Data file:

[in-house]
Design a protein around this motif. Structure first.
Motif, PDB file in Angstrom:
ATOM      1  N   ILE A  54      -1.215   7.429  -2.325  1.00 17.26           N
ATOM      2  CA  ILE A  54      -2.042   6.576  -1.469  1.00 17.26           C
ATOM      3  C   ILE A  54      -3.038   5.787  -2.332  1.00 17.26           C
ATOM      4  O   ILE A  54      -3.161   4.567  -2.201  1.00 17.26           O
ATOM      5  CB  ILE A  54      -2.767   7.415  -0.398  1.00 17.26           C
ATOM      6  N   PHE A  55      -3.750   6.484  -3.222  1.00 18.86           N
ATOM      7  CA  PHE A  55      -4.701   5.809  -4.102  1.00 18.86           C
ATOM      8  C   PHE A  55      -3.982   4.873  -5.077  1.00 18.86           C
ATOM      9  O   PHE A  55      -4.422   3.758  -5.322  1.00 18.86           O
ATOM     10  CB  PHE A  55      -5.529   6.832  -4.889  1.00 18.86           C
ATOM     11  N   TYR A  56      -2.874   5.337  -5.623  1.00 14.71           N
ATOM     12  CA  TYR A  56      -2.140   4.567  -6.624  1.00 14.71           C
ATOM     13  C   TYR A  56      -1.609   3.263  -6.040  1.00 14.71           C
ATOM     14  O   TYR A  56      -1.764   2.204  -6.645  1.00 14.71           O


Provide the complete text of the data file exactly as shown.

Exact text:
[in-house]
Design a protein around this motif. Structure first.
Motif, PDB file in Angstrom:
ATOM      1  N   ILE A  54      -1.215   7.429  -2.325  1.00 17.26           N
ATOM      2  CA  ILE A  54      -2.042   6.576  -1.469  1.00 17.26           C
ATOM      3  C   ILE A  54      -3.038   5.787  -2.332  1.00 17.26           C
ATOM      4  O   ILE A  54      -3.161   4.567  -2.201  1.00 17.26           O
ATOM      5  CB  ILE A  54      -2.767   7.415  -0.398  1.00 17.26           C
ATOM      6  N   PHE A  55      -3.750   6.484  -3.222  1.00 18.86           N
ATOM      7  CA  PHE A  55      -4.701   5.809  -4.102  1.00 18.86           C
ATOM      8  C   PHE A  55      -3.982   4.873  -5.077  1.00 18.86           C
ATOM      9  O   PHE A  55      -4.422   3.758  -5.322  1.00 18.86           O
ATOM     10  CB  PHE A  55      -5.529   6.832  -4.889  1.00 18.86           C
ATOM     11  N   TYR A  56      -2.874   5.337  -5.623  1.00 14.71           N
ATOM     12  CA  TYR A  56      -2.140   4.567  -6.624  1.00 14.71           C
ATOM     13  C   TYR A  56      -1.609   3.263  -6.040  1.00 14.71           C
ATOM     14  O   TYR A  56      -1.764   2.204  -6.645  1.00 14.71           O